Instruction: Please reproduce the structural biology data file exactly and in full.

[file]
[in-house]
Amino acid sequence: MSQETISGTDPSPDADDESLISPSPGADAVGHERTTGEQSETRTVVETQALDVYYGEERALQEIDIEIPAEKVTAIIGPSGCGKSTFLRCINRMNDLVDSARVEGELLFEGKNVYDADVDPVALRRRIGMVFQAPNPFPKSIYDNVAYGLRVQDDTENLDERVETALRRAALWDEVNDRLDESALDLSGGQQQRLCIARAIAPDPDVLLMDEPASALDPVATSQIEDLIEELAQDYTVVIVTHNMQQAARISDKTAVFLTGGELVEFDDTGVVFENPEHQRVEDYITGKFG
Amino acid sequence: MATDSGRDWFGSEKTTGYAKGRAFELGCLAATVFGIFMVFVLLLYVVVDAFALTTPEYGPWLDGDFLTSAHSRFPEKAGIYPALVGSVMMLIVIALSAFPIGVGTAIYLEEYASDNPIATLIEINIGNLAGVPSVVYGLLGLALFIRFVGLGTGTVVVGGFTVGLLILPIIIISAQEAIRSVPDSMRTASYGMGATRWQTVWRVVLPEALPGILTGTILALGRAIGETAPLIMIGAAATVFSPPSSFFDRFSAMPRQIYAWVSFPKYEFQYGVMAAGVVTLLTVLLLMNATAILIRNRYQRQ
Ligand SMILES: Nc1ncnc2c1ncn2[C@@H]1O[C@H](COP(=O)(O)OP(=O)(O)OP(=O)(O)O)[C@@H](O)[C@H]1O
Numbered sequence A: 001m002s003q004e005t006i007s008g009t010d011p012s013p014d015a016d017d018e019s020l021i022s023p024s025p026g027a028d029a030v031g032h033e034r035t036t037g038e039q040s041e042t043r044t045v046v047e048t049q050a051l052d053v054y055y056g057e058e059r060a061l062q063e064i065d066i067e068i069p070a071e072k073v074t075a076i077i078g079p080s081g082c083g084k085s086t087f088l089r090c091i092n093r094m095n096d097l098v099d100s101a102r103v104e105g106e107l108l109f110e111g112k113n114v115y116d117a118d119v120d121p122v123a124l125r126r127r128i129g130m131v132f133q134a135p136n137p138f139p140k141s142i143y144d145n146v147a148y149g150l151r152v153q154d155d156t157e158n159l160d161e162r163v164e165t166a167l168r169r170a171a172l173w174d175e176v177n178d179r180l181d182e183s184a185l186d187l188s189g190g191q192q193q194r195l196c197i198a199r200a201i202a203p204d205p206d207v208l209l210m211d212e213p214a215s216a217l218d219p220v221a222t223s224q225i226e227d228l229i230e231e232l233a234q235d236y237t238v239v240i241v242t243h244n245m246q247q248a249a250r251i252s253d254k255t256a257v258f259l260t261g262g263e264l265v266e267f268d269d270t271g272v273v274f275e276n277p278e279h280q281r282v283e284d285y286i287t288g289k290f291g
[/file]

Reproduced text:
[in-house]
Amino acid sequence: MSQETISGTDPSPDADDESLISPSPGADAVGHERTTGEQSETRTVVETQALDVYYGEERALQEIDIEIPAEKVTAIIGPSGCGKSTFLRCINRMNDLVDSARVEGELLFEGKNVYDADVDPVALRRRIGMVFQAPNPFPKSIYDNVAYGLRVQDDTENLDERVETALRRAALWDEVNDRLDESALDLSGGQQQRLCIARAIAPDPDVLLMDEPASALDPVATSQIEDLIEELAQDYTVVIVTHNMQQAARISDKTAVFLTGGELVEFDDTGVVFENPEHQRVEDYITGKFG
Amino acid sequence: MATDSGRDWFGSEKTTGYAKGRAFELGCLAATVFGIFMVFVLLLYVVVDAFALTTPEYGPWLDGDFLTSAHSRFPEKAGIYPALVGSVMMLIVIALSAFPIGVGTAIYLEEYASDNPIATLIEINIGNLAGVPSVVYGLLGLALFIRFVGLGTGTVVVGGFTVGLLILPIIIISAQEAIRSVPDSMRTASYGMGATRWQTVWRVVLPEALPGILTGTILALGRAIGETAPLIMIGAAATVFSPPSSFFDRFSAMPRQIYAWVSFPKYEFQYGVMAAGVVTLLTVLLLMNATAILIRNRYQRQ
Ligand SMILES: Nc1ncnc2c1ncn2[C@@H]1O[C@H](COP(=O)(O)OP(=O)(O)OP(=O)(O)O)[C@@H](O)[C@H]1O
Numbered sequence A: 001m002s003q004e005t006i007s008g009t010d011p012s013p014d015a016d017d018e019s020l021i022s023p024s025p026g027a028d029a030v031g032h033e034r035t036t037g038e039q040s041e042t043r044t045v046v047e048t049q050a051l052d053v054y055y056g057e058e059r060a061l062q063e064i065d066i067e068i069p070a071e072k073v074t075a076i077i078g079p080s081g082c083g084k085s086t087f088l089r090c091i092n093r094m095n096d097l098v099d100s101a102r103v104e105g106e107l108l109f110e111g112k113n114v115y116d117a118d119v120d121p122v123a124l125r126r127r128i129g130m131v132f133q134a135p136n137p138f139p140k141s142i143y144d145n146v147a148y149g150l151r152v153q154d155d156t157e158n159l160d161e162r163v164e165t166a167l168r169r170a171a172l173w174d175e176v177n178d179r180l181d182e183s184a185l186d187l188s189g190g191q192q193q194r195l196c197i198a199r200a201i202a203p204d205p206d207v208l209l210m211d212e213p214a215s216a217l218d219p220v221a222t223s224q225i226e227d228l229i230e231e232l233a234q235d236y237t238v239v240i241v242t243h244n245m246q247q248a249a250r251i252s253d254k255t256a257v258f259l260t261g262g263e264l265v266e267f268d269d270t271g272v273v274f275e276n277p278e279h280q281r282v283e284d285y286i287t288g289k290f291g